The Valentino family is a dysfunctional bunch and the material makes the case that part of the reason why they are severely unhappy is because they are unable to deal with the past. Mitch (John Doman), the patriarch, is highly protective of his fragile wife, Nora (Kathleen Quinlan), and so he goes to great lengths to distract her from reality. In a telling scene, Nora loses it after she accidentally tramples over a flower while gardening.
Their grown children—Chris (Pablo Schreiber), Max (Sabrina Gennarino), and Nick (Adam Scarimbolo)—follow suit in grooming the mirage because they, in a way, are afraid of their father and constantly, one way or another, needing his approval. Perhaps most interesting is Max who, when asked by her boyfriend (Darrin Dewitt Henson) to get married, claims she needs time to think about it not because she does not want to accept but because having him as a family member means a higher risk of exposing the secret.
The film is shot without glitz or glamour which works to its advantage. Although the script tends to lean on over exaggeration to get its point across, the problems between Mitch and his children, especially the sons, feel real at times. I was interested in what would happen next even though the situations are terrains are commonly traversed.
Casting unfamiliar faces works, too. Some of them are quite green which I liked because I found it difficult to read how they would allow their characters to react given an expected situation. If household names were cast, it might have been a frustrating experience because it might have been easier to predict the performers’ choices. Here, although some of the acting is wooden, a level of mystery remains.
“After” is likely to not impress many, but a skeletal track is laid out here to make an effective drama. The pieces do not quite fit as neatly as they should because there is a lack of complex characterization and transitions, especially the father (whom I saw as the central figure instead of the mother) in terms of how we view him. Toward the end, we get a feel for his softer side but it is almost out of the blue.
Nice Guys, The (2016)
★★ / ★★★★
Action-comedy “The Nice Guys,” co-written by Shane Black and Anthony Bagarozzi, is inspired by classic 1970s detective pictures but one that fails to provide inspiration. What results is a moderately watchable but occasionally predictable film spearheaded by charismatic co-stars Russell Crowe and Ryan Gosling who have good fun in their roles.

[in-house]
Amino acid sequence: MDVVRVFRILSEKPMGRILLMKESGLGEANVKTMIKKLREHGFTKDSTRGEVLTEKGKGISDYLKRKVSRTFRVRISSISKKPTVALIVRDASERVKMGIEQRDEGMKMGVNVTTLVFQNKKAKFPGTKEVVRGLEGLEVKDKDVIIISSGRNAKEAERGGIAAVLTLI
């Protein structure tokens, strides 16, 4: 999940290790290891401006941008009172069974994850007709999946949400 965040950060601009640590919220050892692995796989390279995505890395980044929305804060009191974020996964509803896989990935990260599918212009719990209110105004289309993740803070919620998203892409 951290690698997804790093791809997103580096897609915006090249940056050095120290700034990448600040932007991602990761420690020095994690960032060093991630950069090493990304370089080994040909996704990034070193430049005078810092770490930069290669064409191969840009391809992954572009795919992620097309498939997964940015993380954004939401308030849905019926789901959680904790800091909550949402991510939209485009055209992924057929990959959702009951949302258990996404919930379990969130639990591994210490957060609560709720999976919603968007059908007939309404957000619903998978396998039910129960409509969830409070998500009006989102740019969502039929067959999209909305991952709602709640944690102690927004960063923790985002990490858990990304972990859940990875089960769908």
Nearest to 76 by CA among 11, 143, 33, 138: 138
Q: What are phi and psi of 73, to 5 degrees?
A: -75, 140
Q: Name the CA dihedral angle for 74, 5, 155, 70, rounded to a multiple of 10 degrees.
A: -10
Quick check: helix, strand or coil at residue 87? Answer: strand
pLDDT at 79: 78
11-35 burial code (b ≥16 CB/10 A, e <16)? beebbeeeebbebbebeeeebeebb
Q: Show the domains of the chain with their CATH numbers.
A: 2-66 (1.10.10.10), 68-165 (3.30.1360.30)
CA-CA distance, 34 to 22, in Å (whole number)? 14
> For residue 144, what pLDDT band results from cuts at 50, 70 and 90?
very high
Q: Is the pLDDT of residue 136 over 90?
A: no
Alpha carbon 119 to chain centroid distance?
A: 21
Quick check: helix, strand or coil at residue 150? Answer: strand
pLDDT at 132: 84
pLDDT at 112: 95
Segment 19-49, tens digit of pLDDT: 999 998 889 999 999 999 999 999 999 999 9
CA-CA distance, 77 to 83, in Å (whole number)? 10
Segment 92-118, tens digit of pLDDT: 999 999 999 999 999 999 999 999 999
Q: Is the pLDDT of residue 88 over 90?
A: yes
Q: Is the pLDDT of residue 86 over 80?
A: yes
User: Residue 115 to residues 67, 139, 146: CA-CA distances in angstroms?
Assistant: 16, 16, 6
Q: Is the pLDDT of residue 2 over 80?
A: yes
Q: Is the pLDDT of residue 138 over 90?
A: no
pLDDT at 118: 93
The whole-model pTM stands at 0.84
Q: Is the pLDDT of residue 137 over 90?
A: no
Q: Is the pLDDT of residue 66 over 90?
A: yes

At first it appears as though the plot revolves around a dead pornographic actress named Misty Mountains (Murielle Telio), whose vehicle crashed into and through a house during the first scene, but those with extensive experience with detective films, especially the great noir works of the 1940s, are likely to recognize that is merely a misdirect. This is a common problem that plagues the picture: familiar elements are exactly as they are and so there is rarely, if ever, anything surprising. One of the main targets of the material is audiences who enjoy detective stories. It fails to satiate because it offers nothing new.
Crowe and Gosling do share some chemistry, but Healy and March are written as one-note. Although they are never boring because the experienced thespians are able to tap into different notes of an otherwise standard dialogue, it would have been electric if the script were as smart or as colorful as those portraying the detectives. Gosling plays the more volatile of the pair and is able to deliver a few laughs, but Crowe is equally strong as the straight man.
There are three action sequences and they are evenly dispersed throughout the film’s near two-hour running time. I enjoyed and appreciated that each one offers a distinct feel, energy, and pace. They are executed with vision and we feel the joy of those involved. Perhaps these are the best scenes in the movie, hands down the most thrilling. What it is missing, however, is a truly memorable and/or sinister villain. Matt Bomer plays one of the formidable assassins but the character is not written deeply enough to be compelling.